From The Bailiff of Jersey, Sir Philip Bailhache, The Bailiff's Chambers, Royal Court House, Jersey JE1 1BA 27.5.2002

" ... It seems to me, with respect, that your letter reveals a misunderstanding of the constitutional position. No discrimination is involved in the special position of Channel Islanders under the Protocol ....... Jersey is for all purposes save one outside the E.U. ..... We are therefore inside the Community for the purpose of freedom of movement of goods ..... The abolition of the restriction on the freedom of movement of Channel Islanders as defined by the Protocol could only be achieved by the re-negotiation of Jersey's position vis-a-vis the E.U. My understanding is that Jersey's government has no such intention at the present time, but this is of course a matter for our elected representatives. I am sending a copy of this letter to Senator Horsfall. "

42 Clubley Estate,
St.John's Road,
St. Helier JE23LF

7th November 2002

Dear Senator Horsfall,

It is clear from the attached letters from the Bailiff of Jersey and the Lord Chancellor's Department that to re-negotiate Protocol 3 of the British Treaty of Accession to the European Union in order to remove the clause excluding Channel Islanders settling or working in the E.U., action would have to be initiated by our elected representatives.

This issue is now particularly relevant in view of the British Overseas Territories Act, which came into force on 21st May this year and grants the rights of full citizenship to all inhabitants of Britain's overseas territories and allows them to live, train and work in Britain or anywhere else in the European Union. And this without giving up immigration restrictions to their various territories.

The exclusion of those with exclusively Channel Island ancestry hits most of those who courageously chose to stay in Jersey in 1940 even though they knew the Island was to be occupied by Nazi dominated German forces thus ensuring a continued British presence here. Those who evacuated and who did not have U.K. patrial status would now not be subject to the exclusion, having lived in the U.K. five years.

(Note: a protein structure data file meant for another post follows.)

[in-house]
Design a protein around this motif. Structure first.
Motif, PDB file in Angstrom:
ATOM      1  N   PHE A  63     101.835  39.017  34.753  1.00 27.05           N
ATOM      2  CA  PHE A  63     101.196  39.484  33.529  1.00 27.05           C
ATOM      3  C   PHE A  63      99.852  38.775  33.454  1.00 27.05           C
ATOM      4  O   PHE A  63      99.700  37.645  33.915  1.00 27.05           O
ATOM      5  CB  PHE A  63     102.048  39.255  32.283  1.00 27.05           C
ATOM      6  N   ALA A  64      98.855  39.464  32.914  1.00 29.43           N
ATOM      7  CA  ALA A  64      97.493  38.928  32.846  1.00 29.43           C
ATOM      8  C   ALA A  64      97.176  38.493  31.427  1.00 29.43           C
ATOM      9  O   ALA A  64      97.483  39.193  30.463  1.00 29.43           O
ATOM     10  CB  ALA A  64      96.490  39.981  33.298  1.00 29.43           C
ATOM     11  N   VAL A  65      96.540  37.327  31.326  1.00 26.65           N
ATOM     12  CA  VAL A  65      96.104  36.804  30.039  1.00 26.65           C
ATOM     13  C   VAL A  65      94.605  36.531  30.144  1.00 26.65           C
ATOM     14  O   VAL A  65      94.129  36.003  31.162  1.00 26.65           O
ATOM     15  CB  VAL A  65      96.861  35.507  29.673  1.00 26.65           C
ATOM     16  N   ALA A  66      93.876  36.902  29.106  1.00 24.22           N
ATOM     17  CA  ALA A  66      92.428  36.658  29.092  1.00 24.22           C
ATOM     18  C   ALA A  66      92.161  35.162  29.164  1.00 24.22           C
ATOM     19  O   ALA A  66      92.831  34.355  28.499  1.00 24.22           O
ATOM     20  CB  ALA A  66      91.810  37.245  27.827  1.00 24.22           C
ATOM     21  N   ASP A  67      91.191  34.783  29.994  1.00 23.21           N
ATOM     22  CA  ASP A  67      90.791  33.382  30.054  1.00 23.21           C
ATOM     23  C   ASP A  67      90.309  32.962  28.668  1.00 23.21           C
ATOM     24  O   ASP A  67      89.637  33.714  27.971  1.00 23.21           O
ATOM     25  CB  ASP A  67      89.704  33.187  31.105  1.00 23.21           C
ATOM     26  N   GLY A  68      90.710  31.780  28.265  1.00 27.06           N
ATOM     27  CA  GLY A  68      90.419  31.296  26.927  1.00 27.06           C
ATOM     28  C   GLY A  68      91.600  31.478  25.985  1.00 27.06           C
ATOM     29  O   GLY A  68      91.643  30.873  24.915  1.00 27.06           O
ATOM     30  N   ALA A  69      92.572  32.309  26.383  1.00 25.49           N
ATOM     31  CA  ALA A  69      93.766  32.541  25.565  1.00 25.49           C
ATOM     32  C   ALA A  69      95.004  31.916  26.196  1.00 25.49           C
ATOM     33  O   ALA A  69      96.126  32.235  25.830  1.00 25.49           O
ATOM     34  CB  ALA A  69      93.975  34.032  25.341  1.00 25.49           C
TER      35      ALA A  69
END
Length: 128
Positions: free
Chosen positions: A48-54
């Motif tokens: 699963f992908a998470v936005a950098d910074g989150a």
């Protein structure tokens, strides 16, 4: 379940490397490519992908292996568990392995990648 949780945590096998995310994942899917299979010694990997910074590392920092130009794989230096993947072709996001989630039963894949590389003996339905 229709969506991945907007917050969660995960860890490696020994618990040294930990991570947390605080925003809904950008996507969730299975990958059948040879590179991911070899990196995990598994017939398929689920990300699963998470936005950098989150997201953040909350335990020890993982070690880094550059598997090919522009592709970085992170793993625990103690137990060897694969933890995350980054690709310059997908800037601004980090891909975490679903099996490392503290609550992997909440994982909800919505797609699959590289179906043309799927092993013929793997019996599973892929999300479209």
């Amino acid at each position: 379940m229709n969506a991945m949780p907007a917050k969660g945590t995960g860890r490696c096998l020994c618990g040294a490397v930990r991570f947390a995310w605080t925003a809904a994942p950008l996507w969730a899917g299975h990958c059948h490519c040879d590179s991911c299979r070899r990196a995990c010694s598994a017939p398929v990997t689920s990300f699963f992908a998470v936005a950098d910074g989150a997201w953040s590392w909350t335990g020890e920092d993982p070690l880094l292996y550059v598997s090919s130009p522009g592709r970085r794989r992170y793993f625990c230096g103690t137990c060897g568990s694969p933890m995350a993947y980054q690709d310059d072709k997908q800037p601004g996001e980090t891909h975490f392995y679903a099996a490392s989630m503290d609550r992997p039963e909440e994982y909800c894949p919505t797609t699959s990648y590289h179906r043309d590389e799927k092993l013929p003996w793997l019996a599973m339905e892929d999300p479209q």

You are probably aware that exclusion of anyone without U.K. patrial status including British citizens of wholly or part French, Irish, Portuguese or other E.U. nationality is discriminatory ethnically and goes against the whole idea of equality of European nations enshrined in all E.U. legislation. We intend to continue to pursue this matter not only in the European Court of Human Rights at Strasbourg, which is not an E.U. institution, but also intend to seek redress at the Court of Justice of the European Community itself at Luxembourg.

However, we feel that the easiest way would be for our elected representatives to follow the advice of the Bailiff and initiate proceedings through the U.K. government in order to amend Protocol 3, bearing in mind the many concessions Jersey has made to the E.U. and the importance of this exclusion in the lives of a seriously wronged minority on the Island, particularly the young who may be unable to take up any immediate employment offers in the E.U. outside the U.K. It is in the light of what we have pointed out that we formally ask you to initiate such proceedings.

Looking forward to hearing from you.

Yours sincerely,

Jean Andersson
(Association for the Taxation of Financial Transactions for the Benefit of the People)

As of May 22, 2006 no reply from Senator Horsfall

" The problem is not public apathy about politics, it's political apathy about the people and the apathy is all at the top. " Tony Benn

Passport Update 2nd April 2003

In The States sitting on Wednesday 2nd April 2003 as reported in the Jersey Evening Post under the heading: " Islanders ' are able to work in EU despite lack of automatic right ' ", Senator Frank Walker said that although Jersey-born passport- holders did not have an automatic right to gain employment in the EU, in practice they were able to work.

Deputy Roy Le Herissier questioned whether P & R would be prepared to review the issue of Jersey-born passport- holders. He pointed out that these passport- holders, under Protocol 3 of the Treaty of Accession of the UK to the EU, were not entitled to live or work in the EU.

Senator Walker warned: " To revisit the issue of free movement of people, in order for Jersey-born passport-holders to be entitled automatically to live and work in the EU, would require revisiting the entire Treaty. The EU is unlikely to be willing to examine the applicability of the Treaty on a piecemeal basis. Even if it were, any change in the arrangements for the Island could involve revisiting the whole relationship between the Island and the EU. "

Clearly the Island authorities intend doing nothing about this. Whatever it takes we intend to continue campaigning until Protocol 3 is renegotiated. We want nothing less than a clear, unambiguous full passport like everyone else.

For further information please read Protocol 3.

Jerry Gosselin has a very interesting site which among other items outlines his experiences of the Jersey Passport Issue